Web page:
A wind farm project north of Tioga could be in jeopardy following a decision by the Williams County Planning and Zoning Commission last week.
However, county commissioners still have the option of approving the project, if they reject the zoning commission’s recommendation at a permit hearing later this month.
Tradewind Energy submitted an application in April for a conditional use permit related to a planned wind energy project about four miles north of Tioga.
The company, a national developer of windfarms out of Kansas, held a series of meetings about the project with Tioga, Lindahl, and Sauk Valley Townships over the past couple of months. The boards of all three townships recommended approval of the permit, along with a variance on a required 1,400 foot setback from unoccupied structures.
Following a lengthy hearing Thursday evening in Williston, the planning and zoning commission denied the permit. Commissioner Dan Kalil expressed concern over the number of oil wells that currently exist and many more planned for the future in Lindahl Township, where most of the turbines are to be located.
“There is a lot going on in that township,” Kalil said.
Commissioner Kim Steffan said she likes the idea of the project, but she is concerned about the potential impacts of the variance.
Commissioner Tate Cymbaluk voted against the motion to deny the permit.
The project has been controversial since Tradewind publicly announced it last year.
While the project was initiated by landowners within Lindahl Township and all property owners within the project boundaries were participants in the leases, some neighboring residents were concerned about noise, obstructions to their view and safety of the turbines.
“Try not to make it personal. I know this has been a very long process for everyone in that area,” said Cymbaluk at the start of the public hearing Thursday.
With a permit application of about 1,000 pages, the company’s presentation Thursday provided only a brief overview.
Among the benefits cited were $250 million capital investments from the construction, 100 to 300 temporary construction jobs, 8 to 12 permanent jobs, $25 million to $30 million in payments to leasing landowners over the 25-year life of the windfarm, and up to $20 million in taxes to the county.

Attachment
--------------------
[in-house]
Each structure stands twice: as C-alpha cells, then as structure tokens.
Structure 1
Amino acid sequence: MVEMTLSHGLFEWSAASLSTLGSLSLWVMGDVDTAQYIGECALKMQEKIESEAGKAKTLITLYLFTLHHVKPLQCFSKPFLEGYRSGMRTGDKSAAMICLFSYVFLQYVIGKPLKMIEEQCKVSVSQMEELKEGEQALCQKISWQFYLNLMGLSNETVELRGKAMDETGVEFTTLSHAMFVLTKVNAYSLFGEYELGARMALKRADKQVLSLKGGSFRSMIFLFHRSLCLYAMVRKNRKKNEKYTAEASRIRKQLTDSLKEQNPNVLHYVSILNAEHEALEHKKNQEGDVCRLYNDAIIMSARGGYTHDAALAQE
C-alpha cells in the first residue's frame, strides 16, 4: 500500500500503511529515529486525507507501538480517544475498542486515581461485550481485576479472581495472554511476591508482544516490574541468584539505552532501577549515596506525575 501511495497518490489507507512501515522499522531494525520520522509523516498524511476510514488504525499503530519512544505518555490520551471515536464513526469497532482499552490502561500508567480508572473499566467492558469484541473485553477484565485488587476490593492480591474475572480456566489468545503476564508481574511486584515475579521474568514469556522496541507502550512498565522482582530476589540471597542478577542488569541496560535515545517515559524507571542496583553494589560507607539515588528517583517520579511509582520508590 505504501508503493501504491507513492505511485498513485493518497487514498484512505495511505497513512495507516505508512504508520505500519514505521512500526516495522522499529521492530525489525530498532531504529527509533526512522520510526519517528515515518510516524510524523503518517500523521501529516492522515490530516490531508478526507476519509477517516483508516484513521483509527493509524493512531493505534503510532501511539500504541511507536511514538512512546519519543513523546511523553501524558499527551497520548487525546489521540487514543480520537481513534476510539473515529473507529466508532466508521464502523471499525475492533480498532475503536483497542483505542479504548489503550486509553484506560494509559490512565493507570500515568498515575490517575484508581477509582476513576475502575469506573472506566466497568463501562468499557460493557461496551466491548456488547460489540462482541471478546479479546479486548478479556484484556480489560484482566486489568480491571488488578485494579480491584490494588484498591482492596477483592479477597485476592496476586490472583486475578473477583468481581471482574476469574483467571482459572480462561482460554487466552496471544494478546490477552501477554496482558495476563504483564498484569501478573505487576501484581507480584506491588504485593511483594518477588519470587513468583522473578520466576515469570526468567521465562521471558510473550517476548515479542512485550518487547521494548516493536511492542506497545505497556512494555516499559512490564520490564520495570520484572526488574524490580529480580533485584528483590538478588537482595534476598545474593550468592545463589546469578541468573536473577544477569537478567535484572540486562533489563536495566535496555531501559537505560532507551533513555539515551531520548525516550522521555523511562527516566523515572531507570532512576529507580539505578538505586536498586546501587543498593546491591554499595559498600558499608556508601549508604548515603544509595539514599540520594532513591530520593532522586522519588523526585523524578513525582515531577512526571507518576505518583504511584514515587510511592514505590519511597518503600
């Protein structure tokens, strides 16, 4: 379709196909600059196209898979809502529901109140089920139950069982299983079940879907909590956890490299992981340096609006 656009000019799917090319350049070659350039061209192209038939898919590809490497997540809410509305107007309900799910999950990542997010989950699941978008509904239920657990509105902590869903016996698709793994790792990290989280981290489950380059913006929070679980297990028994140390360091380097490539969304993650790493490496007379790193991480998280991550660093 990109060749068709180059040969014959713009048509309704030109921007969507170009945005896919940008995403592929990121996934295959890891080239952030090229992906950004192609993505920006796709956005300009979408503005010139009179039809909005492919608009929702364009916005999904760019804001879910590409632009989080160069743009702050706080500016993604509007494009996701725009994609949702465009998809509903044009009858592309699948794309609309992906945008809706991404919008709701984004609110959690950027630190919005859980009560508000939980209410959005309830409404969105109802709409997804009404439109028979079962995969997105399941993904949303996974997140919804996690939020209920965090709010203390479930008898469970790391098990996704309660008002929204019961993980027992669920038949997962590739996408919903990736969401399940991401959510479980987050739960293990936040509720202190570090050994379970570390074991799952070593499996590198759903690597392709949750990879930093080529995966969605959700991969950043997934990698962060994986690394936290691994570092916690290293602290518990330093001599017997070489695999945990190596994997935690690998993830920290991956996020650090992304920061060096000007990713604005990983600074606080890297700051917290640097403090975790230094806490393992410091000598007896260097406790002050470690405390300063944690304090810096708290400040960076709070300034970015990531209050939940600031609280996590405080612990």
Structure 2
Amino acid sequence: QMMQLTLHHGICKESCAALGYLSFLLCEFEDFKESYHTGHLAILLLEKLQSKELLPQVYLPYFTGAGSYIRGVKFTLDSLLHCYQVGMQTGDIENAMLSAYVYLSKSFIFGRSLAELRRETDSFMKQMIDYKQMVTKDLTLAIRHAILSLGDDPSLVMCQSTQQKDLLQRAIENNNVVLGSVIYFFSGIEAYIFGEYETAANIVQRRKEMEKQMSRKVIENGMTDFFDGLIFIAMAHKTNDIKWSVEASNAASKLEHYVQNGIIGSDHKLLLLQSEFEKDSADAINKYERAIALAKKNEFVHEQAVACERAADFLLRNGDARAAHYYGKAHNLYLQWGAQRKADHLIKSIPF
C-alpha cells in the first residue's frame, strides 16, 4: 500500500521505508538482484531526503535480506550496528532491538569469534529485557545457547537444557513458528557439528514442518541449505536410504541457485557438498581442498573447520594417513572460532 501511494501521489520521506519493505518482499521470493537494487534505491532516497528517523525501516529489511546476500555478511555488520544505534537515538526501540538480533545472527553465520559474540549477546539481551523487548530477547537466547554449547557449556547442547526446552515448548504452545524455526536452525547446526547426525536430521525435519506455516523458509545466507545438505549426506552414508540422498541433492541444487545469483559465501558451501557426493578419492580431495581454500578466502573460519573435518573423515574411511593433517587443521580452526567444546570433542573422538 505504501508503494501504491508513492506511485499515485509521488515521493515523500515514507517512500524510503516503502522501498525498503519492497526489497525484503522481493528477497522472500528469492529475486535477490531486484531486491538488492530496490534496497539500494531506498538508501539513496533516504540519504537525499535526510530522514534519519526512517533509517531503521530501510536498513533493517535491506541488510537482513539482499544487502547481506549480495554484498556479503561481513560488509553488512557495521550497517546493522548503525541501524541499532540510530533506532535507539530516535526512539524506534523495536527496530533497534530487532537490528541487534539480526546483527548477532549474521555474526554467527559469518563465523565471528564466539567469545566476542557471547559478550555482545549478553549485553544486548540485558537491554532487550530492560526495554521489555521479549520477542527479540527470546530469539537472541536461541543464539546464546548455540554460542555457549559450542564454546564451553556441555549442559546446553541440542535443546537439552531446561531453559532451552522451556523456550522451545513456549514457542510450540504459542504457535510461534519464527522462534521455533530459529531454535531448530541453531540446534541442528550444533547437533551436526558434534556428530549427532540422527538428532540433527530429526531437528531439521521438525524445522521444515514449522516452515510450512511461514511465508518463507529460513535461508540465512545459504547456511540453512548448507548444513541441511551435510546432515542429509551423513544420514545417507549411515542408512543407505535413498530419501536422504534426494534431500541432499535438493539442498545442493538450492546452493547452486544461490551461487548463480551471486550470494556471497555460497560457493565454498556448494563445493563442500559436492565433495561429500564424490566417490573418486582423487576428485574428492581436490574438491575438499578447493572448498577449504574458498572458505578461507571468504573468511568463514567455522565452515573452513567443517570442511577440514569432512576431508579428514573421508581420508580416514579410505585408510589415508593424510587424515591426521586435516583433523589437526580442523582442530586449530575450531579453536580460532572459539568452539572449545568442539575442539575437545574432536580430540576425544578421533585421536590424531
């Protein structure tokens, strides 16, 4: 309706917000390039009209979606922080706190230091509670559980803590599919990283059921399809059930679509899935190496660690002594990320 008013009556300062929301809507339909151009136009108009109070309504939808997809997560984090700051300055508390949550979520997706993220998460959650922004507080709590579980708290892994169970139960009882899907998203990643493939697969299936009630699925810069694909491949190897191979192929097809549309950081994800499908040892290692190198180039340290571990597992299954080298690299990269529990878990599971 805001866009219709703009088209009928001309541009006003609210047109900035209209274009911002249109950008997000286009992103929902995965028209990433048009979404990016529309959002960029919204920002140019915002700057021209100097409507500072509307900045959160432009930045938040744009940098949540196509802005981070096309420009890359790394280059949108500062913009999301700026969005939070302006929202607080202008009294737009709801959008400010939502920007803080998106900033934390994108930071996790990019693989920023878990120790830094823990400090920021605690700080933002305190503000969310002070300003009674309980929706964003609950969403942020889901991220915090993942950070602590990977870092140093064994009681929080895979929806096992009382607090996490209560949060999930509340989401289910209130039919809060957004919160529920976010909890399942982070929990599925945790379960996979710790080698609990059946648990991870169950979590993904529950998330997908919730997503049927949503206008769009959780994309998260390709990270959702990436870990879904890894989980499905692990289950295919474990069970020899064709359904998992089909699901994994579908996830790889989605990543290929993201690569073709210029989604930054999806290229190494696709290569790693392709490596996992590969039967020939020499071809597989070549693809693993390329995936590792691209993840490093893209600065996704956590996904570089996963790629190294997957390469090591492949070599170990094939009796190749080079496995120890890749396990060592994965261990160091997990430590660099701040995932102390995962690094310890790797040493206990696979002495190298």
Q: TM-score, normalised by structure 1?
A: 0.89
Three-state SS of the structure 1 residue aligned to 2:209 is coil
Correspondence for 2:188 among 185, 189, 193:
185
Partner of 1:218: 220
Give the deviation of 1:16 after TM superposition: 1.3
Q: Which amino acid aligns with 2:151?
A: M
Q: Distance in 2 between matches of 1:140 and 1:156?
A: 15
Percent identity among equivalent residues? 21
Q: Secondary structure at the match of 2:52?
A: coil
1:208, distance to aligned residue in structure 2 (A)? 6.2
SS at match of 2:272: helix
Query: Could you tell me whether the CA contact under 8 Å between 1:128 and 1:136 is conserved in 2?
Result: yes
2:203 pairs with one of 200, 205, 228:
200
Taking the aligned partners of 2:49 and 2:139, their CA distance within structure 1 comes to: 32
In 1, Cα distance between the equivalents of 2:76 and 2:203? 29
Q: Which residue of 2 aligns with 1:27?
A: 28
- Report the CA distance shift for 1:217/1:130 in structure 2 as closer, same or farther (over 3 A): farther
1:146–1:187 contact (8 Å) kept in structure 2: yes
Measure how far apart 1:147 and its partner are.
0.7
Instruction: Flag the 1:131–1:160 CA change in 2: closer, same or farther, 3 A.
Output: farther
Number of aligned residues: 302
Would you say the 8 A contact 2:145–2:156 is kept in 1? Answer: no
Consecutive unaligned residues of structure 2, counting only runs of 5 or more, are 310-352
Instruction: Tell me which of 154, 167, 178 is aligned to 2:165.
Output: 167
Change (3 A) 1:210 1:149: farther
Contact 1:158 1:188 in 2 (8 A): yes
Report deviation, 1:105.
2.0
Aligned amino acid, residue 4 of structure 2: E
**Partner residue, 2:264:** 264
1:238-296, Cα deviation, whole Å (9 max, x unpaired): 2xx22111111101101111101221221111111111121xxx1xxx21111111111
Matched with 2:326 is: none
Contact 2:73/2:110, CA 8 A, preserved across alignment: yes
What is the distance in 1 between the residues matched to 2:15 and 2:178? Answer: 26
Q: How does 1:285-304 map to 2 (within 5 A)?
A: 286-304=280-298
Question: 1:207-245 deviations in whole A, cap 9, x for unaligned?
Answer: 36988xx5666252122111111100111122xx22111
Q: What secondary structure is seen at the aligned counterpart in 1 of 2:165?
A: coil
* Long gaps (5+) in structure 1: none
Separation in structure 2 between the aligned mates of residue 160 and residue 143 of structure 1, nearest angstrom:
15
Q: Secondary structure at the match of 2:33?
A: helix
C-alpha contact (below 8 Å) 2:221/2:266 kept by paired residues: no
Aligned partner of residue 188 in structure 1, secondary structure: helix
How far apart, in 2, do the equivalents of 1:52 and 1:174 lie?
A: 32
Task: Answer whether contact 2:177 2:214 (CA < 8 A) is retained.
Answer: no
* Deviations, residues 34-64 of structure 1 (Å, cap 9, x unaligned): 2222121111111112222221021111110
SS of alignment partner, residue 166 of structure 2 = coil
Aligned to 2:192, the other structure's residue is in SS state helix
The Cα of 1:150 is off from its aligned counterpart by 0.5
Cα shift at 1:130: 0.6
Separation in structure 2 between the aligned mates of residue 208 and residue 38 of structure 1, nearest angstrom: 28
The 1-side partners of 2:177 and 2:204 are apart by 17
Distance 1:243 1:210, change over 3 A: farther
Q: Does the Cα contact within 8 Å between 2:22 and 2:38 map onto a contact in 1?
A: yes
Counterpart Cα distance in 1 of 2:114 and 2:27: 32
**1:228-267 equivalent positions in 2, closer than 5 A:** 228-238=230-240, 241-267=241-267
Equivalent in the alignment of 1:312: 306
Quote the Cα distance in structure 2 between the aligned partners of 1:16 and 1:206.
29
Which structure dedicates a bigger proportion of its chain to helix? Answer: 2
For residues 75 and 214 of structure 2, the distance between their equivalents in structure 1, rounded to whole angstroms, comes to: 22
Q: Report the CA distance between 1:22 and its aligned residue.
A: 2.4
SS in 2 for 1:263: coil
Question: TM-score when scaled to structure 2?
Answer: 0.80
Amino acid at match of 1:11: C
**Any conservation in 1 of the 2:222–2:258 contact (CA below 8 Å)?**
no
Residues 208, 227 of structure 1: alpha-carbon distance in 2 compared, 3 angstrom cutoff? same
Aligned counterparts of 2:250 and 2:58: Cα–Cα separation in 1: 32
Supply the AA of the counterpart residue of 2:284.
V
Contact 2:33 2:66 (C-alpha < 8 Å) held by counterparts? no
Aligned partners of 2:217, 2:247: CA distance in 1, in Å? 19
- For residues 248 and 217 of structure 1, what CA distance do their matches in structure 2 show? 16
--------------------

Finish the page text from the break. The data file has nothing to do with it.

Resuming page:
Senior Development Manager Brice Barton also cited the fact that, unlike the oil industry, the wind farm will not put much strain on the local infrastructure. Once the project is built, most of the traffic associated with the wind farm will be small maintenance trucks.
“We don’t have to truck out our product,” Barton told the audience.
Barton said the company has made a series of concessions to try to address some of the concerns of neighboring property owners and residents, such as increasing the distance of the nearest turbine to Tioga to about four miles, and no turbines placed closer than 3,500 feet from any homes of residents not participating in the project leases.
“There’s only a couple that are under a mile,” Barton said.
The public comment portion of the hearing drew supporters and opponents.
Todd Beasley expressed concern over the setbacks, stating that ice flying off the turbines or blades breaking loose could cause an injury.
He said regulations across the country are continuing to reduce setbacks as a means to accommodate the growing number of wind farms being built. He cited an Ohio state law passed last year that required a 1,300-foot setback from property lines. The law came about as a result of local governments reducing setbacks to accommodate the development of more windfarms.
“They want to build more and more wind towers,” he said.
He also said wind energy mandates in Minnesota have actually resulted in increases in the cost of electricity in that state.
Cody Weflen cited Tioga Township’s approval of the variance, which would apply to a single turbine in the entire project. The planned turbine is located inside Lindahl Township, but that tower would be located less than 1,400 feet from a structure in Tioga Township.
“They should be able to find a place to put it. I think the 1,400 variance is enough,” Weflen said.
Bruce Kjelvik expressed concern that township board members who disclosed a financial interest in the project were still allowed to vote to recommend approval of the permit.
He also voiced concern over who would be liable if an injury or property damage were to result from a broken blade or flying ice.
Barton said the project is insured to cover any damage or injuries as a result of the turbines.
“We carry insurance on our assets just like anyone else would,” Barton said.
Several people spoke in favor of the project, many of whom are landowners who signed leases with the developer.
Garret Lalim said he’s a rancher and farmer on land he owns within Tioga Township and asked the commission to approve the permit.
“We’re working people in those townships,” he said.
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